Bryan Garton gave Chancellor Wallace a simple “thank you” when Wallace interrupted Garton’s agricultural education class Tuesday afternoon. The professor remained calm when more than a dozen members of the media, friends and colleagues crammed into his classroom to hear the reason for Wallace’s intrusion — to announce Garton as a Kemper Fellowship recipient.
The award, a $10,000 gift from the William T. Kemper Foundation honoring outstanding educators, is the eighth in a series of 10 annual awards.
Jim Schatz, chairman of the local Commerce Bank — a Kemper trustee — then told Garton how much money came with the award, and Wallace suggested he buy pizza for the class. Those on hand suggested steaks instead.
On Friday, fellowships were given to professors Mary Ann Gowdy, Nancy West and Margaret “Molly” Olsen.
Associate Professor Bryan Garton
Teaches: Agricultural education
Known for: Garton’s list of achievements seems endless. Given that he advises agricultural organizations, has achieved more than a dozen distinguished teaching awards and publishes on a regular basis, it’s a wonder he has time for much else. But it’s the other things, in particular teaching future teachers, that give Garton his reputation for enthusiasm and dedication. He earned both his bachelor’s and master’s degrees at MU, and since his return in 1996 he has made it a priority to cultivate the greatest agricultural educators.
Associate Professor Nancy West
Teaches: Courses in Victorian literature and culture, photographic history and theory, and film theory
Known for: The span of West’s knowledge is unquestioned. Having taught 17 courses, published one book and written numerous articles, she clearly knows a little of everything about literature, culture and film — all genres she teaches at MU. Since joining the English department in 1995, West has infected the campus with an innovative and energetic style that encourages student development through her love for life as well as literature.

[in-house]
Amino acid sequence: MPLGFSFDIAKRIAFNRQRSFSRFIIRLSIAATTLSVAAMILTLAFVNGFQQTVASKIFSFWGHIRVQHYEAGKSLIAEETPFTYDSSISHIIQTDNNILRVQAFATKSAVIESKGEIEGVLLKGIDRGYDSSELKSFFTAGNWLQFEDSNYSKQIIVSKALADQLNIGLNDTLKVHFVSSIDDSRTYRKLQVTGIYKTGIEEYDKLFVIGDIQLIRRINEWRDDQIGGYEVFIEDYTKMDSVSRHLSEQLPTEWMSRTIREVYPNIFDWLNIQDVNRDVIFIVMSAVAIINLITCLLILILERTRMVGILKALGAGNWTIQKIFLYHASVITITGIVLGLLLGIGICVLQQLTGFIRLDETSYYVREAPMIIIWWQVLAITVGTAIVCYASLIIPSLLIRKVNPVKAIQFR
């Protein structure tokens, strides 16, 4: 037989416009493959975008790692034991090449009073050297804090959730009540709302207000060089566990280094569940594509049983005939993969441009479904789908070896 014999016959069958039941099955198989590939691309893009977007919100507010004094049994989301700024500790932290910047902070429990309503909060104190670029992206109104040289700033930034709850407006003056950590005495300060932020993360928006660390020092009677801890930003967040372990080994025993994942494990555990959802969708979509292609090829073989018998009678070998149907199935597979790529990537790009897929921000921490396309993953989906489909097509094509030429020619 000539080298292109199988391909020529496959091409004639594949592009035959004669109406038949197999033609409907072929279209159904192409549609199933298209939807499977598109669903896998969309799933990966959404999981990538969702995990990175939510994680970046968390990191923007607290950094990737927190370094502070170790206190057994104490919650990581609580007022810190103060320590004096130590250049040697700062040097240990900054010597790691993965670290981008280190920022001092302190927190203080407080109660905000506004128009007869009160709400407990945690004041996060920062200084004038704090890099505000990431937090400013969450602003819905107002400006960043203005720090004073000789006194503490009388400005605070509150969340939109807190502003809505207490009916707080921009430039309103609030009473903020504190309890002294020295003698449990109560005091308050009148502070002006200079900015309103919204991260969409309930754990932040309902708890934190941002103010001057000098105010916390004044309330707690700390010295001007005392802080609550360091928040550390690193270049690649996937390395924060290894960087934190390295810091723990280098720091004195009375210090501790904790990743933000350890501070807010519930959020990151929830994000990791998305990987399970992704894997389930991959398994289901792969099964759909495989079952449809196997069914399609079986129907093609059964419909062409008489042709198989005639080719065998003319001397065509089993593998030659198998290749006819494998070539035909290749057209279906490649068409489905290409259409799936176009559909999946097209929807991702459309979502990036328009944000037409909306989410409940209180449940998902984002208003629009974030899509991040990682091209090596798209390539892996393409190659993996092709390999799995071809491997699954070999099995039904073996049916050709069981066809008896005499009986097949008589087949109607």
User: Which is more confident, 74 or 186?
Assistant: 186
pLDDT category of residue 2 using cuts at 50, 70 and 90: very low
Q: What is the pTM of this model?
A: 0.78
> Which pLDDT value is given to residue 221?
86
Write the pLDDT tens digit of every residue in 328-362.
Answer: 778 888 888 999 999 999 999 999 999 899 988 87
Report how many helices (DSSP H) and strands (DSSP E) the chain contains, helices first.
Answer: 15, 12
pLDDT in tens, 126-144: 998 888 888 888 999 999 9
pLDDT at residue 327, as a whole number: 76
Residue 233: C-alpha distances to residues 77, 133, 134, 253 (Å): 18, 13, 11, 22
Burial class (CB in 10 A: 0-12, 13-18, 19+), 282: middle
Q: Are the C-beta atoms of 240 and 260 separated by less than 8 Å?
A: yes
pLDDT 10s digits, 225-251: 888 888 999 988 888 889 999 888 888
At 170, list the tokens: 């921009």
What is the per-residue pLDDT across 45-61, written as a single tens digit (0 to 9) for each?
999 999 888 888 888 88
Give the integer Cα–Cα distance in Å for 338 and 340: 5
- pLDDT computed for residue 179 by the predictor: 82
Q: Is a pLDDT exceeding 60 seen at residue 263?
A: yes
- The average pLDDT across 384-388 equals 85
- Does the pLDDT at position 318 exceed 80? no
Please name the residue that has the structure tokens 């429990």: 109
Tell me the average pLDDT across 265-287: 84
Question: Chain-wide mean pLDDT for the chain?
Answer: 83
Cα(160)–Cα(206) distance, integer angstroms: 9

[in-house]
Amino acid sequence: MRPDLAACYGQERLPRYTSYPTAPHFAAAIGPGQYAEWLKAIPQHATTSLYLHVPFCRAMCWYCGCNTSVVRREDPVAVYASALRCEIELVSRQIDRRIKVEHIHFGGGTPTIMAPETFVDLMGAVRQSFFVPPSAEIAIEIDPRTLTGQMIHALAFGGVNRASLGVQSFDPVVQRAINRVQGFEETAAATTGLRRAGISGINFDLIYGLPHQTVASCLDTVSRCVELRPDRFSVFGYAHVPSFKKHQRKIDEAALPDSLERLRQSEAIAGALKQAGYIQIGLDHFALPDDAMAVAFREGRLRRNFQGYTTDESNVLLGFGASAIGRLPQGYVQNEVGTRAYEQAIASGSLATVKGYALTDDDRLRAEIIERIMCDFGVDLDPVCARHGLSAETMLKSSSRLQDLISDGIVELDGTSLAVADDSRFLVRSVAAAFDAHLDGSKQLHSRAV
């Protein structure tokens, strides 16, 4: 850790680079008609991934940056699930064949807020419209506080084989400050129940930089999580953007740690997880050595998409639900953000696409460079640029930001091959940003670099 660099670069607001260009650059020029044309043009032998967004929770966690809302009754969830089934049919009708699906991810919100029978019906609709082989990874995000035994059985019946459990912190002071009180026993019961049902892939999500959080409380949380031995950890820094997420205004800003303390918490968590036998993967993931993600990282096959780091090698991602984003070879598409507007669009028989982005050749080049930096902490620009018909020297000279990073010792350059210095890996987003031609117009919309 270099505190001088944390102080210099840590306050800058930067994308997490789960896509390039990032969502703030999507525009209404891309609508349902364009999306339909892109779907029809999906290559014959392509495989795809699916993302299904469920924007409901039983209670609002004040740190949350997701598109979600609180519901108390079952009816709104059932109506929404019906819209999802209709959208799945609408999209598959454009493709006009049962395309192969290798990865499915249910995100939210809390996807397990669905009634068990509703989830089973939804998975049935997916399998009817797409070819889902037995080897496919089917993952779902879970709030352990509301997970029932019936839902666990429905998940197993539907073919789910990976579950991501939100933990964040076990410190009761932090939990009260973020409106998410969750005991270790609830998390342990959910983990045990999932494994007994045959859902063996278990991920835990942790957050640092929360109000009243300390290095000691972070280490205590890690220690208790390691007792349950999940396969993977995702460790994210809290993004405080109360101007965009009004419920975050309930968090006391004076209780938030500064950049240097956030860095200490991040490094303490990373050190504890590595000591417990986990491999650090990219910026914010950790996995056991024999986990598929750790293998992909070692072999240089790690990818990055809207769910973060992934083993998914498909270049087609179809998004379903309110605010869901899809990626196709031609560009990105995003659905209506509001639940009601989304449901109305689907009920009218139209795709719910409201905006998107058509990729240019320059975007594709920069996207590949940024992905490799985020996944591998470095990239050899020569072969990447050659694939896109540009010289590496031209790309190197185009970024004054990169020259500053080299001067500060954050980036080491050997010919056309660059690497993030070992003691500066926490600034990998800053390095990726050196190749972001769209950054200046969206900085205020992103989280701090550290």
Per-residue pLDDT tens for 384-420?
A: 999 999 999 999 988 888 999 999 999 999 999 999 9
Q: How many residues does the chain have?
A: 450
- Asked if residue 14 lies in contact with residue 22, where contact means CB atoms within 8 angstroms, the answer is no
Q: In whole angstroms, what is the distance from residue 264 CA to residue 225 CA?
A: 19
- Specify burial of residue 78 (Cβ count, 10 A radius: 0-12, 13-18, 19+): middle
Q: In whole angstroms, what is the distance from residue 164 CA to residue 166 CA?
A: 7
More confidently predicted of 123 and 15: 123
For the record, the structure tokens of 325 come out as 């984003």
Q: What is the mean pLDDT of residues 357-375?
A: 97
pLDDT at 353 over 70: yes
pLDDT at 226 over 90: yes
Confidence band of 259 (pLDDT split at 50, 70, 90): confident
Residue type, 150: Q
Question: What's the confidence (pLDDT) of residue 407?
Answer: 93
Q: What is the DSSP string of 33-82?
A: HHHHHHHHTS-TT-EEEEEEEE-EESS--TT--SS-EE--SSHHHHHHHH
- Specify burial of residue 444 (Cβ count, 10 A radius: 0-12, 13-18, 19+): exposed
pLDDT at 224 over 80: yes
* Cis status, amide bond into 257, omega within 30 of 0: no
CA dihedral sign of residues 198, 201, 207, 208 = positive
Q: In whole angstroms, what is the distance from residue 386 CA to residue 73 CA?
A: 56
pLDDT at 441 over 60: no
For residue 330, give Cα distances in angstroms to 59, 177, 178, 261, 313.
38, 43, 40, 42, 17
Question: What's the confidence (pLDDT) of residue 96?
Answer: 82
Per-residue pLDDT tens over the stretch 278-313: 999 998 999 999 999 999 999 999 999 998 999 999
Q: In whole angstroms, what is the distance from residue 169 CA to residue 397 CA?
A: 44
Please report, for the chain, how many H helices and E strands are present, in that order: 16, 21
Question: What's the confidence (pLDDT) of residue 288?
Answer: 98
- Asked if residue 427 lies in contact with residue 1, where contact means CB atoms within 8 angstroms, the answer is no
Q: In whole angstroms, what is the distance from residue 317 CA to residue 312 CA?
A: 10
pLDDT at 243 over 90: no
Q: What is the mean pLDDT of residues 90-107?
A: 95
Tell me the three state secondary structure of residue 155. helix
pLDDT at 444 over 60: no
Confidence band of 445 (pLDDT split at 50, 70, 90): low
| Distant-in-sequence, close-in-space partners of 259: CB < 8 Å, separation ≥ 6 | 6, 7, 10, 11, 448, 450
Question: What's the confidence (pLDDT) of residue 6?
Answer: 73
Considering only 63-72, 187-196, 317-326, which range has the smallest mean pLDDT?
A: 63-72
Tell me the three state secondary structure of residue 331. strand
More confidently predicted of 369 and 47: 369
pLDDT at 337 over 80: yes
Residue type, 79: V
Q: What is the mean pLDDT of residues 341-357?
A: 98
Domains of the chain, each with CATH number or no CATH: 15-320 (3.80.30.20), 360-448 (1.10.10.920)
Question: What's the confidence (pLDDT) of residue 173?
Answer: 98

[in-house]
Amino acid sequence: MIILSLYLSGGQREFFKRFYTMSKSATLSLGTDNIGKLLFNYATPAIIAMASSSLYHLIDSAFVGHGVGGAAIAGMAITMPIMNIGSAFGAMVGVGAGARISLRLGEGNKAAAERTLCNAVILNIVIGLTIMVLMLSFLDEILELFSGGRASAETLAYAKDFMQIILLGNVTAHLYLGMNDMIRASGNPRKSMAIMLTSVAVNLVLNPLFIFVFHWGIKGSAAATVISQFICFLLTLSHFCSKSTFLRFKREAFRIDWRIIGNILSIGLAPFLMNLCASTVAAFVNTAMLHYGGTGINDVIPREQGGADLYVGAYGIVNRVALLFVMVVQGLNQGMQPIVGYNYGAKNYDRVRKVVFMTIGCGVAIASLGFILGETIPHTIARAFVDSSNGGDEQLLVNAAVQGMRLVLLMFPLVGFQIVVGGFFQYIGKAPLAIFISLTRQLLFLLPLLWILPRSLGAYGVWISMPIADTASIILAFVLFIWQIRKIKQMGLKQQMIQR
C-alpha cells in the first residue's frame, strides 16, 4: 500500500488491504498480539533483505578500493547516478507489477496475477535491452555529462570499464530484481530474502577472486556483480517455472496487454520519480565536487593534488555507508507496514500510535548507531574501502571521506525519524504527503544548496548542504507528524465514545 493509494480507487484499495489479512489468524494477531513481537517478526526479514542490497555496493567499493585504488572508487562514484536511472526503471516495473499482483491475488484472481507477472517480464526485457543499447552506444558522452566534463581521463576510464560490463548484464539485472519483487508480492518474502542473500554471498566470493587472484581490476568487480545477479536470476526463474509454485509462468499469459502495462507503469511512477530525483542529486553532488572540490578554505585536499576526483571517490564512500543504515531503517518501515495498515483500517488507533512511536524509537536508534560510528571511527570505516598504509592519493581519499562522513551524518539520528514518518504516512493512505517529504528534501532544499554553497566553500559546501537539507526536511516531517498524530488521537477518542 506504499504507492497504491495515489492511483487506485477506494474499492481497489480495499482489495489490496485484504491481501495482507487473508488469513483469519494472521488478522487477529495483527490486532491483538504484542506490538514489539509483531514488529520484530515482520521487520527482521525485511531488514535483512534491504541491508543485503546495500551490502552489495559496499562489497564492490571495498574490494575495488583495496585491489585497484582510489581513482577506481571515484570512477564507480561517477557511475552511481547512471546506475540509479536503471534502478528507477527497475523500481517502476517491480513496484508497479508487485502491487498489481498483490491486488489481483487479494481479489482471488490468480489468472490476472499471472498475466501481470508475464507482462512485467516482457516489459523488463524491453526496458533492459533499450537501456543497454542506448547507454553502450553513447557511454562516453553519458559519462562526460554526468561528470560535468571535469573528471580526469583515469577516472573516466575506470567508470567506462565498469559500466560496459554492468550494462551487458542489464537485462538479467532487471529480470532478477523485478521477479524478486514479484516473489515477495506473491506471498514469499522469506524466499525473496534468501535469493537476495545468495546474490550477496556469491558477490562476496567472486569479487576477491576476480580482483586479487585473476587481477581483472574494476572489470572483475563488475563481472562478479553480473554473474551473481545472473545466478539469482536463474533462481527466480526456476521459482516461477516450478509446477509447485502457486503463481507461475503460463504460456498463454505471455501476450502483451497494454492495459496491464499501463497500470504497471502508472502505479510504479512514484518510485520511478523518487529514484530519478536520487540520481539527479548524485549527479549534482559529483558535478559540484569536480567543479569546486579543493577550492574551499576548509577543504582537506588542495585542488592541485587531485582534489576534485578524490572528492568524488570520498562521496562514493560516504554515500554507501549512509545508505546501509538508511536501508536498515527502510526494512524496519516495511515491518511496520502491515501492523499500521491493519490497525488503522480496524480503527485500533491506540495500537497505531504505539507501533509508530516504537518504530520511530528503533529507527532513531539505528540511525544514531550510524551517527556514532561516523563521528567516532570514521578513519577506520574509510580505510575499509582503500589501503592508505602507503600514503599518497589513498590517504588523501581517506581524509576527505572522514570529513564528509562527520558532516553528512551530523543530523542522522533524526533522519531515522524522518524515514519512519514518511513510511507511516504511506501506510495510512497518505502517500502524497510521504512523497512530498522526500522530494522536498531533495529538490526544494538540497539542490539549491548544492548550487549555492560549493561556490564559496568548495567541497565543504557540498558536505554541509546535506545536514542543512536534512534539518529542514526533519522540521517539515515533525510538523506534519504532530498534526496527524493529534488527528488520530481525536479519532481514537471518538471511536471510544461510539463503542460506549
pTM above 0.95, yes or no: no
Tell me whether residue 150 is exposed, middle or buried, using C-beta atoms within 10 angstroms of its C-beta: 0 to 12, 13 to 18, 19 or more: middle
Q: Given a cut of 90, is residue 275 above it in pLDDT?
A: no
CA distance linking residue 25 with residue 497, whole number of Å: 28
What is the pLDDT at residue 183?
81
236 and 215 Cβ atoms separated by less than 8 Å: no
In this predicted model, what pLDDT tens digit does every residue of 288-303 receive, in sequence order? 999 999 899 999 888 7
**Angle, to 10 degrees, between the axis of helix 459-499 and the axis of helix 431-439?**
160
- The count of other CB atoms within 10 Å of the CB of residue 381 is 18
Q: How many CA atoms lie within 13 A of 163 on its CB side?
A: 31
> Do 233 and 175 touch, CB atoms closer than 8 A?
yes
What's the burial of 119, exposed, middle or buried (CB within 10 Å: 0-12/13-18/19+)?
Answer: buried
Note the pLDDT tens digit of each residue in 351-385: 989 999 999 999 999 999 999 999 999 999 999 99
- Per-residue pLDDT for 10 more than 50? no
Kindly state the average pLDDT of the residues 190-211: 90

Teaching Assistant Professor Mary Ann Gowdy
Teaches: Plant science
Known for: Regarded as the “heart and soul” of the undergraduate degree program, Gowdy is known for her genuine concern for students. Students praise her for being clear, although her classes are difficult. Her focused approach allows students to apply classroom knowledge outside the greenhouse — a laboratory she coordinated after coming to MU in 1991. Gowdy was a 2000 Global Scholar and received the Golden Apple teaching award.
Assistant Professor Margaret “Molly” Olsen
Teaches: Spanish composition, conversation and Hispanic literature
Known for: A student favorite in the Spanish department, Olsen values her time in front of students as much as they value the knowledge she passes on. Specializing in colonial and contemporary Caribbean literature, Olsen’s classroom achieves a perfect balance of comfort and stimulation that keeps students participating in and enjoying the learning process. Olsen, who refers to teaching as a form of community service, also leads freshman interest groups and directs MU’s summer program in Cuernavaca, Mexico.